Is secularism the other side of genocide? – Murali K.V.

Constitution of India

Indian secularismSecularism was undemocratically added to the Constitution by Indira Gandhi during the Emergency. The legacy of this dictatorial act has come to full fruition now with many judgements effectively declaring that secularism is to treat Hindus as non-citizens in their own land. – Murali K.V.

The term secularism was not present in the original Indian Constitution framed by the Constituent Assembly and Bharat Ratna Dr. Ambedkar. It was undemocratically added by Indira Nehru while her party, the Indira Congress (not the Indian National Congress) was in power and had declared an emergency. The legacy of this dictatorial act of an illegitimate government has come to full fruition now with many judgements effectively declaring that secularism is to treat Hindus as non-citizens in their own land.

Everybody might be aware that drunken driving is an offence. Whether such a driver causes an accident or not they are arrested and prevented from driving as a “preventive” measure against accidents and fatalities. It is a matter of fact and logic that a significant proportion of those caught are highly unlikely to cause accidents even while drunk as different people have varying levels of resistance to the influence of substances and are known to drive relatively safely even while drunk! Yet, as a society, we take preventive and often punitive action (including arrest and punishments such as revoking the licence, etc.) against such drivers because it is almost impossible to predict when and who when drunk will cause an accident, fatal or not. So the idea of such a “preventive” policy is to reduce accidents and fatalities by prosecuting all drunk driving, which is generally considered a fair and just policy. There are many such “preventive” policies in force in most functional societies, such as “preventive” arrests or detainment for the prevention of unrest in the society, etc. Even such vague policies as the latter are accepted as fair and just by many.

If the above is the case (“preventive” measures) for isolated incidents of accidents and fatalities, should it not be the case that anything that significantly increases the risk of genocide should not be allowed but banned and ruthlessly prosecuted as it is a crime against the entire humanity to allow forces of genocide to operate freely?

It is an undeniable fact of over two millennia of evidence that certain theologies and philosophies holding sway over vast sections of the population across the globe have been a repeat and continuous offenders of the outrageous crime of genocide against the entirety of humanity. The most important fact of this is that none of these theologies or philosophies has shown any reformative tendencies and stopped their behavior even in the slightest.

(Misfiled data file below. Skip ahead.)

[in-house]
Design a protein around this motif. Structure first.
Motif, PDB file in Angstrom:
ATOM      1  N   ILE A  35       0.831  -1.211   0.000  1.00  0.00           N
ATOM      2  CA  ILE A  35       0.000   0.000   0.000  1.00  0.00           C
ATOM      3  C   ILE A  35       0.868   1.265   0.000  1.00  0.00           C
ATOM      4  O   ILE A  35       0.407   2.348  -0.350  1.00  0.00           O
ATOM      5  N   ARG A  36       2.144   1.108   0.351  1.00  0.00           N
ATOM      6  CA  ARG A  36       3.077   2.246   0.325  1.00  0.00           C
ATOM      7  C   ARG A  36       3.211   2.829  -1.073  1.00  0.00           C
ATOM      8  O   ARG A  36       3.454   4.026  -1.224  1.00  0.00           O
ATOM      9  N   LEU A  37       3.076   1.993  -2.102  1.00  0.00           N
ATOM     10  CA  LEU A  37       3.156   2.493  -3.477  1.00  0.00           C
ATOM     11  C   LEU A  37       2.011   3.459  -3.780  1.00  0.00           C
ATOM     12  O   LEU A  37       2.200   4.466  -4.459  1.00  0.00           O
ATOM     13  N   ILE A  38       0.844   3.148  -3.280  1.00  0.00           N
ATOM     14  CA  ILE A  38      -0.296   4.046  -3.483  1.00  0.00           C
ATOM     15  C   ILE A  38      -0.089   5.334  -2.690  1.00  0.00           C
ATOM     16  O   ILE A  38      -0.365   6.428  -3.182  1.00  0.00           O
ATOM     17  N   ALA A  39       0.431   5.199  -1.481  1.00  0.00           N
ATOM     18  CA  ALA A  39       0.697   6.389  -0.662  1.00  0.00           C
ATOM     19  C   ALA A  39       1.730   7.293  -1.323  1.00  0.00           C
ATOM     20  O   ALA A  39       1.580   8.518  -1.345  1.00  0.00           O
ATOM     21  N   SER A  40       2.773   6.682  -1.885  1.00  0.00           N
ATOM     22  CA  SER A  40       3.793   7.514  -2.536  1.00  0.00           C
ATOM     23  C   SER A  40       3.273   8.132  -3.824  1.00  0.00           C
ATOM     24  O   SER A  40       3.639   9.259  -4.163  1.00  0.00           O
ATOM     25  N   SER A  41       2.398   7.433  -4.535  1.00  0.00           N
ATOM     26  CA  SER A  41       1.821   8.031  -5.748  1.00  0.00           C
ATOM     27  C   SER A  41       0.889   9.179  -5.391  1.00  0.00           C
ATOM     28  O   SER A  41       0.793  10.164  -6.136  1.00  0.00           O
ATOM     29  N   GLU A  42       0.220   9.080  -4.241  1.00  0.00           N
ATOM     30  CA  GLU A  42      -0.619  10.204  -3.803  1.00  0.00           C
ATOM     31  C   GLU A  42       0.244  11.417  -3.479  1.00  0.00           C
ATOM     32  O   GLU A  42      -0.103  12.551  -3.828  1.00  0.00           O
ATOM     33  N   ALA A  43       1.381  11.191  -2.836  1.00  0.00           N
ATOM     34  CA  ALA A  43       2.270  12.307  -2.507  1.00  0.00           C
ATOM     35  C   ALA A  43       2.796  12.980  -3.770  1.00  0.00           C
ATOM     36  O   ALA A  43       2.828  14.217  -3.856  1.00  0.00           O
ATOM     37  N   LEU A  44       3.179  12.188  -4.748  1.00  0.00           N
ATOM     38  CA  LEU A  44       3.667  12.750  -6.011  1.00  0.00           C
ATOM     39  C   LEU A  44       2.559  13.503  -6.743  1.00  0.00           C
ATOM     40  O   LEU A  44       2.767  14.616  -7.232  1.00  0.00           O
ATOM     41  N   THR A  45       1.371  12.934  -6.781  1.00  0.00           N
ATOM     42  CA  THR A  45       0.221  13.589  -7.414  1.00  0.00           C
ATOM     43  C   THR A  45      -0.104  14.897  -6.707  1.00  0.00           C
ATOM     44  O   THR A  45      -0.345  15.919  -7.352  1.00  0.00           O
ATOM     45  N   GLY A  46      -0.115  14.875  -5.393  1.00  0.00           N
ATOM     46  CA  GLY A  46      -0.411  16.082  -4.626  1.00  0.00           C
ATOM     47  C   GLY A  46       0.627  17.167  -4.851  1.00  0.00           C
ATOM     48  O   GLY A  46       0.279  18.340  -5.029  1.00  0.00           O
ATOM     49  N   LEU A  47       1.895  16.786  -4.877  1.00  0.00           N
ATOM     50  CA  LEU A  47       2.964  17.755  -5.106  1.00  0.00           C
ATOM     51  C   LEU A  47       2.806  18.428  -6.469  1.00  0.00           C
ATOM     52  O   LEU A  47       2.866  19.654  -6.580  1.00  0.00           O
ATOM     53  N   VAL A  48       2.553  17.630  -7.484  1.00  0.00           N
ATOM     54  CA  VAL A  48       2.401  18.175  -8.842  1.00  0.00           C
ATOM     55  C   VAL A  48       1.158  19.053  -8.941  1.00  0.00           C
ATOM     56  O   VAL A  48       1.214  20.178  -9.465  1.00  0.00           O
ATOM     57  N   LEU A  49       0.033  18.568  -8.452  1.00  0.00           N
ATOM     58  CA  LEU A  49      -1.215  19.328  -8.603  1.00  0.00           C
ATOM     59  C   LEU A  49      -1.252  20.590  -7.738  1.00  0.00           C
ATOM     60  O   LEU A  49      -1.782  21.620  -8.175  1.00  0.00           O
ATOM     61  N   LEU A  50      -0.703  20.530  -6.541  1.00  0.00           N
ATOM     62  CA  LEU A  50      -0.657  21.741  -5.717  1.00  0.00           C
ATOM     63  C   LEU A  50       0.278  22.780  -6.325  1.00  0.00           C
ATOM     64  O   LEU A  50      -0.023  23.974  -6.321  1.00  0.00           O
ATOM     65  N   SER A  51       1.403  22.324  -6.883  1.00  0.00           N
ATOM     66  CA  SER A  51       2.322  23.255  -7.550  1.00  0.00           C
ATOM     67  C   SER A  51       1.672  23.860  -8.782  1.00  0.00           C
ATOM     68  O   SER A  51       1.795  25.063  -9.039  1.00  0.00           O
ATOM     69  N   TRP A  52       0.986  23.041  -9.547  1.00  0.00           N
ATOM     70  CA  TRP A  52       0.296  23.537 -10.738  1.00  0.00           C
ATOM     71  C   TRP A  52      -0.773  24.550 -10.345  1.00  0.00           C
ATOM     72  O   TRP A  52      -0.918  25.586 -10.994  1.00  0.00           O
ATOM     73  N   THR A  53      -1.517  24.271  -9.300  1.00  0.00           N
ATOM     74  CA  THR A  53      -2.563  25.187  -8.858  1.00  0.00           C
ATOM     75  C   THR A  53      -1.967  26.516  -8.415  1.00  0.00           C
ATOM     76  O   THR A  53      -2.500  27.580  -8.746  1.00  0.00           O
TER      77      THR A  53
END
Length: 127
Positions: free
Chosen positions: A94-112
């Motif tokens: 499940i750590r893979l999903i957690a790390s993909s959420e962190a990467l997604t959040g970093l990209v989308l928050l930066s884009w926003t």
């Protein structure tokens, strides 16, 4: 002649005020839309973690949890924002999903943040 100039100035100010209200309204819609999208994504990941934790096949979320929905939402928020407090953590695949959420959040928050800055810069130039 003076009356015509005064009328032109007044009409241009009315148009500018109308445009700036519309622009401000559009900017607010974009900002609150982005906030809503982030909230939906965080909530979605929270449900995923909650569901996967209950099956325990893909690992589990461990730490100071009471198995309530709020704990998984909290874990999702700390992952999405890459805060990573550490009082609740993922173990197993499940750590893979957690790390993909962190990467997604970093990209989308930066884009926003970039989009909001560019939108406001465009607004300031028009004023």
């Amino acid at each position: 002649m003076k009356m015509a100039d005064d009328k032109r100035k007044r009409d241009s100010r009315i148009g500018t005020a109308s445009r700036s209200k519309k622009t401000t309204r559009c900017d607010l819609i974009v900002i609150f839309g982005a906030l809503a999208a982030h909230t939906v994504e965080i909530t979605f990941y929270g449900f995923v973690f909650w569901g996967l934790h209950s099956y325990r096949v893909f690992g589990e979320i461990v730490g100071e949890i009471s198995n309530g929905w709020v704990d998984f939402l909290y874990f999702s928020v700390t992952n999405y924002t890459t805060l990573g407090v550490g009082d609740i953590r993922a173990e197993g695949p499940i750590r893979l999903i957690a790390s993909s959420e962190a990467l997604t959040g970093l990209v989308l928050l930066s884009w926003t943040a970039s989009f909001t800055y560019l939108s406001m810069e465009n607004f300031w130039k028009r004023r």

In spite of Christianity being the cause and the justification for the white race to eliminate over 21 billion people (in today’s population count and density) across the globe, the entire races of Native Americans, Native Australians and many peoples of Asia and of course Africa, centuries of slavery and indentured labour, it is still seen fit and “secular” to allow the religion to exist without any change or amendments to its ideology whatsoever. Moreover, people argue as if Christianity is genuinely a religion of love (RoL) and has reformed itself. Has it? As recently as in the mid-1990s in Rwanda the Christian Church committed genocide of millions of poor Africans inside the Church premises themselves, and that too using the divide-and-rule policy where Christian Africans were made to kill fellow Christian Africans in the so-called places of god, the churches! [1]

Historically this has been justified by the Christians with various ludicrous “philosophical” arguments, such as non-Christians do not have a soul, it is the white man’s burden to civilise the “savage” non-whites, etc. However ridiculous it might appear these arguments still have sway as demonstrated by the current affairs and the past empirical facts of human history.

Similarly, Islamists in India have committed one of the largest recorded genocide, often unparalleled in cruelty and evil. Again, this is not a historical event or a historical series that has come to an end. As recently as in the early 1990s, all Hindu Kashmiris have been driven out of Kashmir. The almost non-existent Hindu population of Pakistan and fast-dwindling Hindu population of Bangladesh (now at less than 10 percent), from 25–30 percent mark in 1947 paints an undeniable picture of the continuing atrocities across the globe, especially the Indian subcontinent. [2]

Now, how does one constitutionally, morally and ethically justify supporting secularism that “equally” respects such empirically demonstrable forces of genocide and perpetrators of all sorts of crimes against humanity, such as these Abrahamic religions? How does one justify prosecution of drunk drivers but not proven genocidal forces by a constitution that guarantees the right to life of all law-abiding citizens? Can a constitution treat a murderer and a law-abiding citizen as equals?